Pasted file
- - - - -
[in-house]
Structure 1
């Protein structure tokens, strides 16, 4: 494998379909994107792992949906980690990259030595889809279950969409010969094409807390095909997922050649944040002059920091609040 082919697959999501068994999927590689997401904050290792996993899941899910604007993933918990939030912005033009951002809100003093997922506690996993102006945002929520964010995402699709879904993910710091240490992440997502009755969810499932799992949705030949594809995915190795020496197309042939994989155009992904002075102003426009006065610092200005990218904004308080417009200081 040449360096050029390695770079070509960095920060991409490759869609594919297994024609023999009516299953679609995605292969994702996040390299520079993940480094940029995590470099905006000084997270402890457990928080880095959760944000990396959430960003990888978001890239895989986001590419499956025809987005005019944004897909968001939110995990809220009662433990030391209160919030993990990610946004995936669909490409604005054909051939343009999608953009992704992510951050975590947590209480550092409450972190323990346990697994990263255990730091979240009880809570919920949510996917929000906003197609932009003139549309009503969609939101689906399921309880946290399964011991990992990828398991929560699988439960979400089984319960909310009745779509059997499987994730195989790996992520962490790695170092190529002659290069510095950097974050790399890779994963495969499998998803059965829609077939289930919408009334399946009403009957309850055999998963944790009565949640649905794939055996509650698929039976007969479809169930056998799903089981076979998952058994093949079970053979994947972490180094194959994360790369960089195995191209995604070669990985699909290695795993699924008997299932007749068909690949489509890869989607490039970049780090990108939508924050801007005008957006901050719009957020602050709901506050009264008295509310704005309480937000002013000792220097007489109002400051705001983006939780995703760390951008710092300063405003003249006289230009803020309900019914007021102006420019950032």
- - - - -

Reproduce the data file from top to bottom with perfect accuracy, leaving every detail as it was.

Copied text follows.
[in-house]
Structure 1
């Protein structure tokens, strides 16, 4: 494998379909994107792992949906980690990259030595889809279950969409010969094409807390095909997922050649944040002059920091609040 082919697959999501068994999927590689997401904050290792996993899941899910604007993933918990939030912005033009951002809100003093997922506690996993102006945002929520964010995402699709879904993910710091240490992440997502009755969810499932799992949705030949594809995915190795020496197309042939994989155009992904002075102003426009006065610092200005990218904004308080417009200081 040449360096050029390695770079070509960095920060991409490759869609594919297994024609023999009516299953679609995605292969994702996040390299520079993940480094940029995590470099905006000084997270402890457990928080880095959760944000990396959430960003990888978001890239895989986001590419499956025809987005005019944004897909968001939110995990809220009662433990030391209160919030993990990610946004995936669909490409604005054909051939343009999608953009992704992510951050975590947590209480550092409450972190323990346990697994990263255990730091979240009880809570919920949510996917929000906003197609932009003139549309009503969609939101689906399921309880946290399964011991990992990828398991929560699988439960979400089984319960909310009745779509059997499987994730195989790996992520962490790695170092190529002659290069510095950097974050790399890779994963495969499998998803059965829609077939289930919408009334399946009403009957309850055999998963944790009565949640649905794939055996509650698929039976007969479809169930056998799903089981076979998952058994093949079970053979994947972490180094194959994360790369960089195995191209995604070669990985699909290695795993699924008997299932007749068909690949489509890869989607490039970049780090990108939508924050801007005008957006901050719009957020602050709901506050009264008295509310704005309480937000002013000792220097007489109002400051705001983006939780995703760390951008710092300063405003003249006289230009803020309900019914007021102006420019950032």